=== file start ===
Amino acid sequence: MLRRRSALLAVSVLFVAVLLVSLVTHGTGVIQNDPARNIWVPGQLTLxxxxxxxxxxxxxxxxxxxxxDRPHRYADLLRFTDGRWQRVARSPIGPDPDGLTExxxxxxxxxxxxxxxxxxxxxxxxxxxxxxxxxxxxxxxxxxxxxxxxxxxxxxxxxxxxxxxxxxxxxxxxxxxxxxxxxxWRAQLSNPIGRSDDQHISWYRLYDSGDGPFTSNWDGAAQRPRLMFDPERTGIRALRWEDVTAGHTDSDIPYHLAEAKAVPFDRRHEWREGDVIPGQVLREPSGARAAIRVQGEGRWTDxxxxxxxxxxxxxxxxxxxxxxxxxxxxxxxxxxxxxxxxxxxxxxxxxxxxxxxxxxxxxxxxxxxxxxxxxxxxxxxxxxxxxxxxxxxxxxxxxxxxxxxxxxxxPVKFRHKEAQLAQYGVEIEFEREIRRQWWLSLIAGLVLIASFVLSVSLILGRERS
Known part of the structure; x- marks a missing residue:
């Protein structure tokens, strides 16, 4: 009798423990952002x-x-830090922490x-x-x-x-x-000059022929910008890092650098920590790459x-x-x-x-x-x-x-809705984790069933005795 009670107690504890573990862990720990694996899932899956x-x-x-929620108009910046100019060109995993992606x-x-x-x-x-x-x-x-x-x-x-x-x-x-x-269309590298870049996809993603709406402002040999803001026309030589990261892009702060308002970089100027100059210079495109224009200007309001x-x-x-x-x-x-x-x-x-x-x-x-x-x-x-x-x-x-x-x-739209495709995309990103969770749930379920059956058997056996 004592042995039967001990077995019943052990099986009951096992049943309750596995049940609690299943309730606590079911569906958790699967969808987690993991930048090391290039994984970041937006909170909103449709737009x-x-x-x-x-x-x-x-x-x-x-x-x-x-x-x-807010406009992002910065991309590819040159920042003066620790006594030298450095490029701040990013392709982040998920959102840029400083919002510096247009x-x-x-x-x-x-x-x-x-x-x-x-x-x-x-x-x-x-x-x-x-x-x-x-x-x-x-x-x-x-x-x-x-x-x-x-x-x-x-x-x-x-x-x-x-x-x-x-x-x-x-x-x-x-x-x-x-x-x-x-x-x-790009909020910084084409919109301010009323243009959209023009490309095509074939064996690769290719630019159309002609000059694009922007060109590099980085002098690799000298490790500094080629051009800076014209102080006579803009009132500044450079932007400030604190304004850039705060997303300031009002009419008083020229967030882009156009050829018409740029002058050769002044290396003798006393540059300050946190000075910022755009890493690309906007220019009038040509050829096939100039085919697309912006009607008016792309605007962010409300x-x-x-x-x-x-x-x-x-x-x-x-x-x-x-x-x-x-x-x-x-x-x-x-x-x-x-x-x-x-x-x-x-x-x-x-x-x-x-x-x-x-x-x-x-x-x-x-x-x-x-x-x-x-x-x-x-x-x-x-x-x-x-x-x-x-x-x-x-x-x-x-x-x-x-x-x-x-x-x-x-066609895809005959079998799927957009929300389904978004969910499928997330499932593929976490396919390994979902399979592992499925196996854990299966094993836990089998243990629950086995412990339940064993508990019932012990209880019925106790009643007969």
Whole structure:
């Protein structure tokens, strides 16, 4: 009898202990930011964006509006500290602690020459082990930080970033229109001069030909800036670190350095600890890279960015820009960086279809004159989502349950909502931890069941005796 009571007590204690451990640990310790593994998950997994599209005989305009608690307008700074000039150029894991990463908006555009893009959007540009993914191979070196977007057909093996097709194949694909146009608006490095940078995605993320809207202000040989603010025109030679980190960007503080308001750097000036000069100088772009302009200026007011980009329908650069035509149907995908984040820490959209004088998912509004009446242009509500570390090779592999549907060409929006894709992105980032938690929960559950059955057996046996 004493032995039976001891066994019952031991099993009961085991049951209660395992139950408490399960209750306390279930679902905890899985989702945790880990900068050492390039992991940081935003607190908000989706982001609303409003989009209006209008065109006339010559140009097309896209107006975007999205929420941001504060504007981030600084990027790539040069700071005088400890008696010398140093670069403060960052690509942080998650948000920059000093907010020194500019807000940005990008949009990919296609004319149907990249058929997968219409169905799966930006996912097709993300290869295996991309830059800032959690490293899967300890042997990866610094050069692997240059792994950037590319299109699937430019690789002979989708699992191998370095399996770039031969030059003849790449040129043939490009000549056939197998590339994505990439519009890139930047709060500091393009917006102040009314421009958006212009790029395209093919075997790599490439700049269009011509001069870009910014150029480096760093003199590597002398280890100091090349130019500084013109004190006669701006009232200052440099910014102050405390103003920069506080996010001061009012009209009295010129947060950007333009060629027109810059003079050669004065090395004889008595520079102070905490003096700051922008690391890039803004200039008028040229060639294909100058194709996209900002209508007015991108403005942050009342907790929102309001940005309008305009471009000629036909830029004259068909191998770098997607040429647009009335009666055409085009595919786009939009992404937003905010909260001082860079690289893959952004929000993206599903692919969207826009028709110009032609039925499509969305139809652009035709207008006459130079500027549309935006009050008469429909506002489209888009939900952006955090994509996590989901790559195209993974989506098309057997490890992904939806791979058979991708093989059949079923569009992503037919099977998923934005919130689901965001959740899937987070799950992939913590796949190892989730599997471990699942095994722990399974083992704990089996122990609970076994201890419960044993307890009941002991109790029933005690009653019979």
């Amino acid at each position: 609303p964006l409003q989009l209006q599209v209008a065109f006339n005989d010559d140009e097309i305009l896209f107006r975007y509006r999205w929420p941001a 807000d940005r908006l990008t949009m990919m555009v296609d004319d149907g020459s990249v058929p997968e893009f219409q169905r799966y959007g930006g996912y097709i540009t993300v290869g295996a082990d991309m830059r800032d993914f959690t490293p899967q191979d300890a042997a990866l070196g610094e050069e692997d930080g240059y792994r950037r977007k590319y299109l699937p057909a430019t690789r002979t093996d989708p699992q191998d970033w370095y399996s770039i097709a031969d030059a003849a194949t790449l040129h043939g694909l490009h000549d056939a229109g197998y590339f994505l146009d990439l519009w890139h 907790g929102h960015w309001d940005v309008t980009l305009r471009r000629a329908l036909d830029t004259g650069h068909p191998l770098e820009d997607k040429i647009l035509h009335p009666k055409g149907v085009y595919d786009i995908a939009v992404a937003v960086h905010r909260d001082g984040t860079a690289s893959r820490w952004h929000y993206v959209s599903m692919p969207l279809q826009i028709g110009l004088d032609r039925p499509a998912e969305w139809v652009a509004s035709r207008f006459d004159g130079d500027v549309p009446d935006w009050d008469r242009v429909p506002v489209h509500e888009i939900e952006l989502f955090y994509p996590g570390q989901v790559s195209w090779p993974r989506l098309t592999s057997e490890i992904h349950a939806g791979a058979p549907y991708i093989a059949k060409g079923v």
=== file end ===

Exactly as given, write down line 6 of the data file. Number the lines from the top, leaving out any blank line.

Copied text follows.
């Amino acid at each position: 609303p964006l409003q989009l209006q599209v209008a065109f006339n005989d010559d140009e097309i305009l896209f107006r975007y509006r999205w929420p941001a 807000d940005r908006l990008t949009m990919m555009v296609d004319d149907g020459s990249v058929p997968e893009f219409q169905r799966y959007g930006g996912y097709i540009t993300v290869g295996a082990d991309m830059r800032d993914f959690t490293p899967q191979d300890a042997a990866l070196g610094e050069e692997d930080g240059y792994r950037r977007k590319y299109l699937p057909a430019t690789r002979t093996d989708p699992q191998d970033w370095y399996s770039i097709a031969d030059a003849a194949t790449l040129h043939g694909l490009h000549d056939a229109g197998y590339f994505l146009d990439l519009w890139h 907790g929102h960015w309001d940005v309008t980009l305009r471009r000629a329908l036909d830029t004259g650069h068909p191998l770098e820009d997607k040429i647009l035509h009335p009666k055409g149907v085009y595919d786009i995908a939009v992404a937003v960086h905010r909260d001082g984040t860079a690289s893959r820490w952004h929000y993206v959209s599903m692919p969207l279809q826009i028709g110009l004088d032609r039925p499509a998912e969305w139809v652009a509004s035709r207008f006459d004159g130079d500027v549309p009446d935006w009050d008469r242009v429909p506002v489209h509500e888009i939900e952006l989502f955090y994509p996590g570390q989901v790559s195209w090779p993974r989506l098309t592999s057997e490890i992904h349950a939806g791979a058979p549907y991708i093989a059949k060409g079923v």